Memo

San Francisco Ballet in Costa Mesa, California

22 posts in this topic

I had such a good time tonight! My feelings about tonight's performance pretty much echo the review given by the LATimes today. Much as I hate to agree with the Times, I do. Possokhov's "Fusion" began the night. Not all of the ballet struck my fancy, but the SFBallet dancers are sooo good that it was a joy just watching them. The central pas de deux was beautiful; I was never sure whom I was seeing but I'm going to guess the woman was Vanessa Zahorian. I thought that nothing could dim the memory of this pas de deux until I got into Wheeldon's "Within the Golden Hour"; now all I remember about it is my reaction. "Within the Golden Hour" started badly for me; lots of writhing on the floor, almost as deadly as ballets with chairs. There was then a series of pas de deuxs. The 2nd pas de deux was beyond words; truly a thing of beauty: shapes (almost like a Grecian urn) and poses and classic ballet shown at its best ... all of this flowing one movement to the other. I'm guessing it was Dana Genshaft and Mateo Klkemmayer The 3rd pas de deux was almost as good. The final moment of the ballet had everyone seated on the floor performing the most surprisingly beautiful undulations. "The Four Temperaments" was the final ballet. It was not a good idea to have this ballet follow the other 2; the differences in style are too great and it was hard to shift gears and give 4T's it's due.

A wonderful night! Adding to it was sharing the evening with my seat mates of many years. We've had mixed schedules and haven't seen each other for quite a while; it was a reunion! It also dulled the memory of a horrid day of termite inspectors, dead car, and tow truck.

I'm going again Sat. night, and though I thought I'd be seeing the alternative program I'll see this one again. The cast will be slightly different; I'm looking forward to comparisons.

Did I mention that I had a good time tonight?

Giannina

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I was there Thursday night and loved it. (the fact that my kid made is professional debut did enhance the evening) I have not seen SFB for 5 years and was not so impressed when I saw it then. I had heard great things and quite honestly I was thrilled with the quality of the dancing and the energy of the company. First of all I really enjoyed Possokov's piece "Fusion" and being someone who made a cultural change as a young dancer I really related to the theme and the direction it took the audience. I agree with Giannina that I did not love all of it but there were many moments that were truly beautiful and the quality of the performances was so so strong. There seemed to be no ego's on the stage. Everyone working as a group, not trying to outdo each other but to bring truth to the material.

I have NEVER seen the 4 temperaments but after seeing so many photographs of it I was having flashing images in my mind as they reached several positions during the piece that were so familiar. I wonder if it might have been more meaningful to have seen the 4 T's at the beginning of the program and then seeing the more current material and understand what contemporary ballet and contemporary choreographers have drawn from the Balanchine innovations in choreography.

Very good crowd for a Thursday night and very appreciative. I was also with a group surrounded by friends, and it was a lot of fun. Am going again Sunday at 2pm.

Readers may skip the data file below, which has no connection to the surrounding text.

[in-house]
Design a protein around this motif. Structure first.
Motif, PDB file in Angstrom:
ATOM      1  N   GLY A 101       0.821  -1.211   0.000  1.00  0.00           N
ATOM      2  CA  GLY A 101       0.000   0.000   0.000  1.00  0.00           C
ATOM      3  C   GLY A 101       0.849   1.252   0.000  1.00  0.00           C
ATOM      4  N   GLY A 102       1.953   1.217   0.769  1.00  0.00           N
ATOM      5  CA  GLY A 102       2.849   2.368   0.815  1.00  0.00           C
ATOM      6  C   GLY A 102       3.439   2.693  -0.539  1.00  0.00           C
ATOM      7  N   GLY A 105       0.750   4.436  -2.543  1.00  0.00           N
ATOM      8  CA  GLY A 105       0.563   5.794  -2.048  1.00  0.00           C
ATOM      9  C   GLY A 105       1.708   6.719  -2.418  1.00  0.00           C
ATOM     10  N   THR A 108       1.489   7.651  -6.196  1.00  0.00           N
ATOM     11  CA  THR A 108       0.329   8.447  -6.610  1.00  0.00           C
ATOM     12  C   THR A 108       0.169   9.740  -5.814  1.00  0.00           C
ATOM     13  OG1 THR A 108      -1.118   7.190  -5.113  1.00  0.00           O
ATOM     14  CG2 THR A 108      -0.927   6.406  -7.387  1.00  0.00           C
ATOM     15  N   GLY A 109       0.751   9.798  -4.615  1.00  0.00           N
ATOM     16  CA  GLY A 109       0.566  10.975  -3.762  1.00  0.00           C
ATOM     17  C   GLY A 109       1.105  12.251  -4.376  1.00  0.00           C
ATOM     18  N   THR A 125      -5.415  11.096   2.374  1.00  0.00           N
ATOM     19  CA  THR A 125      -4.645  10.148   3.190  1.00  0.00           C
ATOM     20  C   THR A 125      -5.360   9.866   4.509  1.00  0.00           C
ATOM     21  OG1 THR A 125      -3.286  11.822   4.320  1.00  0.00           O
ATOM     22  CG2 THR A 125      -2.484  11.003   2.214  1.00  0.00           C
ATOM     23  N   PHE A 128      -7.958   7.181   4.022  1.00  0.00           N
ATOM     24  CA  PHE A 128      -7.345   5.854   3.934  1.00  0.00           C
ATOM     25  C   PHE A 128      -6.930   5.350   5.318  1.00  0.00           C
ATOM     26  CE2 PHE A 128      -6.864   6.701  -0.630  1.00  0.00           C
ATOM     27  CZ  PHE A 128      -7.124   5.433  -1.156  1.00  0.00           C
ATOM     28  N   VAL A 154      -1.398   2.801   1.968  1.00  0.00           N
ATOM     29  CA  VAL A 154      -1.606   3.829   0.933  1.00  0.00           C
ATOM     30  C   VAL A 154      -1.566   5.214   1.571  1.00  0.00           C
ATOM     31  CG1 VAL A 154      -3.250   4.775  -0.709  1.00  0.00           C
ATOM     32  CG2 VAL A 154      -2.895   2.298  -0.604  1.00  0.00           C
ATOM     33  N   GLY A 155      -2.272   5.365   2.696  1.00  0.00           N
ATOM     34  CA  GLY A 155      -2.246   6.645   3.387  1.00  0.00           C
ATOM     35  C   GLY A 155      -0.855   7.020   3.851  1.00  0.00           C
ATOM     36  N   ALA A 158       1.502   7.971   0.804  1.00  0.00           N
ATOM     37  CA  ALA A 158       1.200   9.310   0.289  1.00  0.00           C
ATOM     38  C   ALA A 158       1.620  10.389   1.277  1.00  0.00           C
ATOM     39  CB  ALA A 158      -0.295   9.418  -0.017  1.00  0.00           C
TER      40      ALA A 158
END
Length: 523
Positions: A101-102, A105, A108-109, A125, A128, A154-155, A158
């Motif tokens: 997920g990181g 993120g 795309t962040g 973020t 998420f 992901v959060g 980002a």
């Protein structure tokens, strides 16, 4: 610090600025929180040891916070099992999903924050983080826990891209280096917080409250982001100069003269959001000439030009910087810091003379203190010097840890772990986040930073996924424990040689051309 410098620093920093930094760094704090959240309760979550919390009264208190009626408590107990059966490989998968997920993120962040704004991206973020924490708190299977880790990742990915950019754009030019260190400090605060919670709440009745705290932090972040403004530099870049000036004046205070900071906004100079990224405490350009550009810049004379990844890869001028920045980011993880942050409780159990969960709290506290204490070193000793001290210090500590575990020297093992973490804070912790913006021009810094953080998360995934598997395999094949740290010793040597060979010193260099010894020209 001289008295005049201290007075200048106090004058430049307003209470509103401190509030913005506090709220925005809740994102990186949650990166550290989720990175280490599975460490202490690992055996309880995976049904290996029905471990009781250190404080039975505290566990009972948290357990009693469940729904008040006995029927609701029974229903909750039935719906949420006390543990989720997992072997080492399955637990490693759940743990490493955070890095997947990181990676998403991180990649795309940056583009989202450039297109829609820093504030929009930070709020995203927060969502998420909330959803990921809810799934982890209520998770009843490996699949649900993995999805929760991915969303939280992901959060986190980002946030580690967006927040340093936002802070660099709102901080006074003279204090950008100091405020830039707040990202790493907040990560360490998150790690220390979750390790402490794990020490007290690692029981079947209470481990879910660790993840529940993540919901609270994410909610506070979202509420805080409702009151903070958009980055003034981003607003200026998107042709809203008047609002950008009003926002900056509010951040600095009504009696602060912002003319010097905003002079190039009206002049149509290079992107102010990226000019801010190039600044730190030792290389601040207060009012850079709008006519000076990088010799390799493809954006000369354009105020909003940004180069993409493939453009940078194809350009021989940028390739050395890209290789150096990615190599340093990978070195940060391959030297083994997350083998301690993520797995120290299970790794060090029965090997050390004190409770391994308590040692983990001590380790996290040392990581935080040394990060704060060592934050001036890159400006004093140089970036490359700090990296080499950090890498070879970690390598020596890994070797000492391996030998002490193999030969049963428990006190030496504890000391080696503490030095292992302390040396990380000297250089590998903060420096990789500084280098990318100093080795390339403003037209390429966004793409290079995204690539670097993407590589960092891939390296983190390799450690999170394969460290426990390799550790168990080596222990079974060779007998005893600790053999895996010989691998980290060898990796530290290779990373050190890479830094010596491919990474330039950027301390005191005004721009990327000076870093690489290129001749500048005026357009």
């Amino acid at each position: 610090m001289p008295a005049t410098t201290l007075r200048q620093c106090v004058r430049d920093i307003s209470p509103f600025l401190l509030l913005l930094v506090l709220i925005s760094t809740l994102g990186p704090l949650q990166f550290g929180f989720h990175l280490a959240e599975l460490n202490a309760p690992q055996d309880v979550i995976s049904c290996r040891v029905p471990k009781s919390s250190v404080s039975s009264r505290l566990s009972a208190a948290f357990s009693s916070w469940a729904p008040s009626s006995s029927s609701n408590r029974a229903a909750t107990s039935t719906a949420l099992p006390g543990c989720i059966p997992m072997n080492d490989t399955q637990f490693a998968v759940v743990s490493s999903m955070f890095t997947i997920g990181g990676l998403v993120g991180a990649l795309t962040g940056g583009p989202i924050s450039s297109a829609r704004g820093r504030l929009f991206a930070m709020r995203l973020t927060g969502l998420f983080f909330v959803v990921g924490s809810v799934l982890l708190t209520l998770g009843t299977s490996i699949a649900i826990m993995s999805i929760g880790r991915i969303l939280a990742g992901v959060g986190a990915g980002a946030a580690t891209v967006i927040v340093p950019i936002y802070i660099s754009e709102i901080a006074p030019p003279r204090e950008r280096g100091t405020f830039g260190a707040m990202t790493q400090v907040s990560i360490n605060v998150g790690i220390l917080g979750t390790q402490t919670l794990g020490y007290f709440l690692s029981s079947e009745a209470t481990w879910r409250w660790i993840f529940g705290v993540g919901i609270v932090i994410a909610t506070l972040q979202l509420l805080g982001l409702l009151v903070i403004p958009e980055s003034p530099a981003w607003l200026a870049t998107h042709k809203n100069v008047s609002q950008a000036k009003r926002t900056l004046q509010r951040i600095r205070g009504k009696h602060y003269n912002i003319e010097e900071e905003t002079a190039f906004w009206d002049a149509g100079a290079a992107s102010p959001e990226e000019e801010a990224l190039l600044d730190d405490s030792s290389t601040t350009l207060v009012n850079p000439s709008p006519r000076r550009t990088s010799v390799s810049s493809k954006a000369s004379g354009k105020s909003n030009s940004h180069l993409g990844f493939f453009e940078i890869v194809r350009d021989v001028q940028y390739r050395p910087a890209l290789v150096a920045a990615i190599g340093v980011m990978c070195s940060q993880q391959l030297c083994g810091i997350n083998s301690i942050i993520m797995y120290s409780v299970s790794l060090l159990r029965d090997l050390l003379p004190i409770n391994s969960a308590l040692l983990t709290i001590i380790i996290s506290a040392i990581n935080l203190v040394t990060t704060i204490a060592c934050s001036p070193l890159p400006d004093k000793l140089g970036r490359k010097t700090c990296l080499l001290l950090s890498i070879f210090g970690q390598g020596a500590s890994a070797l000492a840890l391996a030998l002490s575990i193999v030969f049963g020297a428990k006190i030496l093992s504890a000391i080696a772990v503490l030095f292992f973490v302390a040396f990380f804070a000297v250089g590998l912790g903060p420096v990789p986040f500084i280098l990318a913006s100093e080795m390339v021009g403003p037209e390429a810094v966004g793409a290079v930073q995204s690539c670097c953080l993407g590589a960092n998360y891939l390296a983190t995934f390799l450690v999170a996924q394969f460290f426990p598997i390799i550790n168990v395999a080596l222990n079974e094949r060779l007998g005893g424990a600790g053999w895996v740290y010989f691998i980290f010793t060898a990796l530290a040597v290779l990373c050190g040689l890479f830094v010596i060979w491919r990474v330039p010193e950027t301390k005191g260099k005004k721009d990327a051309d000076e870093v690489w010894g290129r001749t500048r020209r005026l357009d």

I was really hoping to see Sofiane Sylvie she was originally on the program for Thursday but then it got changed. Maybe Giannina you will see her Sat night. Please give an update. I am sorry i am going to miss her. She is a favorite of mine.

I had a good time too.

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Memo, how exciting about your son! I snooped around and found out who he is. I actually remember him ... first couple in 4T's "Theme" section, right? I always watch the woman more than the man but I did watch his lifts which he did very well. Hope he dances tonight; I'll keep an eye on him if I can find him!

Giannina

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Yes Giannina that was him, extremely nerve wracking to go on for the first time with that kind of responsibility but he seemed up for it. Plus never doing it with the orchestra or with lighting. He dances again on Sunday matinee, hence me driving once more to the OC to see it. I would love to see the other program sadly time does not permit.

:)

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Dang! No ballet tonight! I live in Brea and parts of the city are burning. Our cars are packed in case we have to evacuate and I can't bear to leave the house under these circumstances. I'm sure we'll be fine but I want to make sure. Thank heavens I got to go Thurs.; SFBallet is a treat not to be missed.

Giannina

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Our thoughts are with you, Giannina, and your neighbors. Take care of yourselves.

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O Giannina,

Readiness is best. I hope all goes well, but -- well, i remember the Oakland fire. Indeed, WE have had huge winds most of hte day here in Berkeley and last night coming out of Merce Cunningham I saw a student throw away a burning cigarette and make a feeble attempt to stub it out and finished hte job for her after she'd walked on -- . It was like mkaing hte sign of hte cross before crossing he bridge, just saying my little prayer, but we're not out of danger here yet either (though hte winds have died down). You need to be ready to boogey if y'all have to -- And God knows, I hope you don't have to. Love, Paul